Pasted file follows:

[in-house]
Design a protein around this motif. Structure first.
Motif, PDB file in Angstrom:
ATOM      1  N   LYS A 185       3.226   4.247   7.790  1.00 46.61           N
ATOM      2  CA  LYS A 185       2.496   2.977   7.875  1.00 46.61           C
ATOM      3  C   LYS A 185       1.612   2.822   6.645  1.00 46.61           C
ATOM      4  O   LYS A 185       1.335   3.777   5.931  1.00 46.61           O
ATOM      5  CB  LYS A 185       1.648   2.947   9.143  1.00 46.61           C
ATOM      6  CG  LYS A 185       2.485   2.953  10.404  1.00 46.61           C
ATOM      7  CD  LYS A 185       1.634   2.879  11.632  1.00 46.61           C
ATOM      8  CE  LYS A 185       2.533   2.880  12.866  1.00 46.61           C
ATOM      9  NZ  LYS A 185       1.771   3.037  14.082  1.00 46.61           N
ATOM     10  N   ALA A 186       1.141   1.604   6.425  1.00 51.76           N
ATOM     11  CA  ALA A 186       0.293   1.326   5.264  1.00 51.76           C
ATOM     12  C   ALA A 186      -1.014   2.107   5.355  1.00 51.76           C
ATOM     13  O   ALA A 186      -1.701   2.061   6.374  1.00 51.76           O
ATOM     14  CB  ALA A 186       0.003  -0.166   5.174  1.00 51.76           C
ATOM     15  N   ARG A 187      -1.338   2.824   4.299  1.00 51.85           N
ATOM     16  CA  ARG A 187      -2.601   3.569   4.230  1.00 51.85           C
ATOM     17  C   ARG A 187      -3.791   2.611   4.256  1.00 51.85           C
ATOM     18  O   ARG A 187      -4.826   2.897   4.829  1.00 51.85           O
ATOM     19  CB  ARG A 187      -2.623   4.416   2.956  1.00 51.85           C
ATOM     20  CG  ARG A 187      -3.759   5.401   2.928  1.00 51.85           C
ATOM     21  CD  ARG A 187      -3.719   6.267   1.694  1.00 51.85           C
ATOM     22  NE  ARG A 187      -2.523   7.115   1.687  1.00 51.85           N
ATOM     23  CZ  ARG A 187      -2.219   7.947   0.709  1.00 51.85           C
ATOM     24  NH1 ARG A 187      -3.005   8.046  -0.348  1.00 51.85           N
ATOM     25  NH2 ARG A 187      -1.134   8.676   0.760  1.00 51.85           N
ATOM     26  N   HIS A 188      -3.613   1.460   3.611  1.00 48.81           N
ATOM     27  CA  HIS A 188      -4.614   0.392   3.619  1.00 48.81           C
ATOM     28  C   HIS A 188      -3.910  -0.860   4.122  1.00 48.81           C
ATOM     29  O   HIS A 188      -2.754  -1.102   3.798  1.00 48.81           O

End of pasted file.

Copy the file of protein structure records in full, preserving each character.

[in-house]
Design a protein around this motif. Structure first.
Motif, PDB file in Angstrom:
ATOM      1  N   LYS A 185       3.226   4.247   7.790  1.00 46.61           N
ATOM      2  CA  LYS A 185       2.496   2.977   7.875  1.00 46.61           C
ATOM      3  C   LYS A 185       1.612   2.822   6.645  1.00 46.61           C
ATOM      4  O   LYS A 185       1.335   3.777   5.931  1.00 46.61           O
ATOM      5  CB  LYS A 185       1.648   2.947   9.143  1.00 46.61           C
ATOM      6  CG  LYS A 185       2.485   2.953  10.404  1.00 46.61           C
ATOM      7  CD  LYS A 185       1.634   2.879  11.632  1.00 46.61           C
ATOM      8  CE  LYS A 185       2.533   2.880  12.866  1.00 46.61           C
ATOM      9  NZ  LYS A 185       1.771   3.037  14.082  1.00 46.61           N
ATOM     10  N   ALA A 186       1.141   1.604   6.425  1.00 51.76           N
ATOM     11  CA  ALA A 186       0.293   1.326   5.264  1.00 51.76           C
ATOM     12  C   ALA A 186      -1.014   2.107   5.355  1.00 51.76           C
ATOM     13  O   ALA A 186      -1.701   2.061   6.374  1.00 51.76           O
ATOM     14  CB  ALA A 186       0.003  -0.166   5.174  1.00 51.76           C
ATOM     15  N   ARG A 187      -1.338   2.824   4.299  1.00 51.85           N
ATOM     16  CA  ARG A 187      -2.601   3.569   4.230  1.00 51.85           C
ATOM     17  C   ARG A 187      -3.791   2.611   4.256  1.00 51.85           C
ATOM     18  O   ARG A 187      -4.826   2.897   4.829  1.00 51.85           O
ATOM     19  CB  ARG A 187      -2.623   4.416   2.956  1.00 51.85           C
ATOM     20  CG  ARG A 187      -3.759   5.401   2.928  1.00 51.85           C
ATOM     21  CD  ARG A 187      -3.719   6.267   1.694  1.00 51.85           C
ATOM     22  NE  ARG A 187      -2.523   7.115   1.687  1.00 51.85           N
ATOM     23  CZ  ARG A 187      -2.219   7.947   0.709  1.00 51.85           C
ATOM     24  NH1 ARG A 187      -3.005   8.046  -0.348  1.00 51.85           N
ATOM     25  NH2 ARG A 187      -1.134   8.676   0.760  1.00 51.85           N
ATOM     26  N   HIS A 188      -3.613   1.460   3.611  1.00 48.81           N
ATOM     27  CA  HIS A 188      -4.614   0.392   3.619  1.00 48.81           C
ATOM     28  C   HIS A 188      -3.910  -0.860   4.122  1.00 48.81           C
ATOM     29  O   HIS A 188      -2.754  -1.102   3.798  1.00 48.81           O